- Library online catalogs and relevancy ranking[updated] – A post in which the Family Man Librarian disagrees with Karen Schneiders’ post How OPACs Suck, Part 1: Relevance Rank (Or the Lack of It). The FML takes issue with Karen’s points that most online catalogs don’t have relevance ranking and that ILS vendors are wholly to blame for this lack of relevance ranking. FML contends that we need to “look at both sides of the issue and especially do not be so quick to lay blame without truly understanding the reality of what vendors provide and what they do.”
Free Range Librarian
The Goblin in the Library
Hinkle Library Technical Services Blog
- Googleization – Joe Petrick discusses OPAC in relation to a news article from USA Today (Tuesday, July 11, 2006 by Jim Hopkins entitled Google expansion showcases universities as growth engines). This post is dated July 13, 2006.
Information Takes Over
- Marketing your services in OPAC search results – A post about the fact that vendor supplied systems are had to modify and then discusses some suggested changes to be made. Post is from February 24, 2006.
- OPAC gripes – give the users some credit – A response to Karen Schneider’s post How OPACs Suck, Part 1: Relevance Rank (Or the Lack of It) in which the author questions the necesity of relevance ranking. From March 20, 2006.
Information Wants to Be Free
- Casey Bisson Speaks! We should all listen.
- Dumb down the catalog? Yes, lets!
- The Failure of Middleware, Part 1: What’s the problem?
- The Failure of Middleware, Part 2: Who are our users?
- The Failure of Middleware, Part 3: How do we measure up?
- The Failure of Middleware, Part 4: What Works?
- The Failure of Middleware, Part 5: The Unintegrated Library System & Federated Search
- The Failure of Middleware, Part 6: Link Resolvers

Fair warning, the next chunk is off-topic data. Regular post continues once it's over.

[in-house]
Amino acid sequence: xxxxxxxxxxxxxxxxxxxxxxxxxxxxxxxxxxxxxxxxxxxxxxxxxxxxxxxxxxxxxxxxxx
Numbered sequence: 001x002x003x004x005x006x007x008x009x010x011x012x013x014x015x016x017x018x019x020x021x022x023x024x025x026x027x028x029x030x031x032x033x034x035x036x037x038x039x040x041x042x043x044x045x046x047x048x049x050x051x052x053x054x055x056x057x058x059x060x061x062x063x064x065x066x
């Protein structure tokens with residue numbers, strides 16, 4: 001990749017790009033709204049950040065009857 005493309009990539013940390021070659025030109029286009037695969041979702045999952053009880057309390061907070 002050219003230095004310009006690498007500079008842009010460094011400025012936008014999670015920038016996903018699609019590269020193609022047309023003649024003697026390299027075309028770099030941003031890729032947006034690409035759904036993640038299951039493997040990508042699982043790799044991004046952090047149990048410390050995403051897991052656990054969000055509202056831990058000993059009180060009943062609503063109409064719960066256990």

- The Failure of Middleware, Part 7: OAI and Google Scholar
The Krafty Librarian
- Library OPACs, Are They Hindering Libraries? – A response to Andrew Pace’s My Kingdom for an OPAC article in the February 2005 issue of American Libraries.
Librarian in the Middle
- Karen and the Sucky OPAC – The LibrarianInBlack comments on Karen Schneider’s “How OPACs Suck, Part 1: Relevance Rank (Or the Lack of It),” The LIB comments that ” This relevancy ranking issue is one of those changes I’d like to see happen. I agree with Karen that this is something that librarians should be demanding…not simply wishing for.”
- Library website goals – The LIB agrees about the importance of single sign on (which isn’t something that we are even close to at my small library either!!) and references John Blyberg’s post Library 2.0 websites: Where to begin?
Library Laws are meant to be broken
Library Web Chic
- Where libraries are going – In this post, from February 8, 2006, the author argues that many people buy into the “fundamental mistake librarians make: assuming that the OPAC has to be part of the Integrated Library System (ILS). In my opinion to not treat the OPAC and the content therein as an essential and integral part of the library’s website it is like Amazon separating out the product search from their site’s content.”
- On OPACs again . . . – A March 20, 2006 response from Helene to John Blyberg’s Why bother: the impact of social OPACs. Helene stresses the importance of community and the need to allow our OPACs to foster a sense of community among our patrons.
Life as I Know It
- The OPAC Strikes Back – A response to Walt Crawford’s What’s a known item post. I agree with Walt that the OPAC is useful to find items a library owns by an author/composer/musical group/actor. I argue that it is important to make sure that the ease of finding known items is maintained in any systems that we develop to replace the OPAC.
- Additional Thoughts on the OPAC – A post inspired by Helene Blower’s Catalogs Smatalogs piece where she argues that libraries have demanded systems built to specific, individual specifications rather than built with our users in mind. I agree with Helene’s point and argue that this tendency will be difficult to overcome because it will require a major change in people’s attitudes. I also point out that not only do we need to change these attitudes in relation to the OPAC, but in relation to the library and its services.
- The OPAC Debate Continues . . .
- Are We Really Ready to Say Goodbye to the Sucky OPAC?
- The Main Reason I Think OPACs are a Problem
- The Motivation Behind the Search
- The User Isn’t Broken – But Neither is the Library
- Library Users & the Catalog
Lorcan Dempsey’s weblog
- Talking about the catalog – A June 20, 2006 post in which Lorcan Dempsey links to his posts about the catalog. The list is organized by category.
- Lifting out the catalog discovery experience
- Thinking about the catalog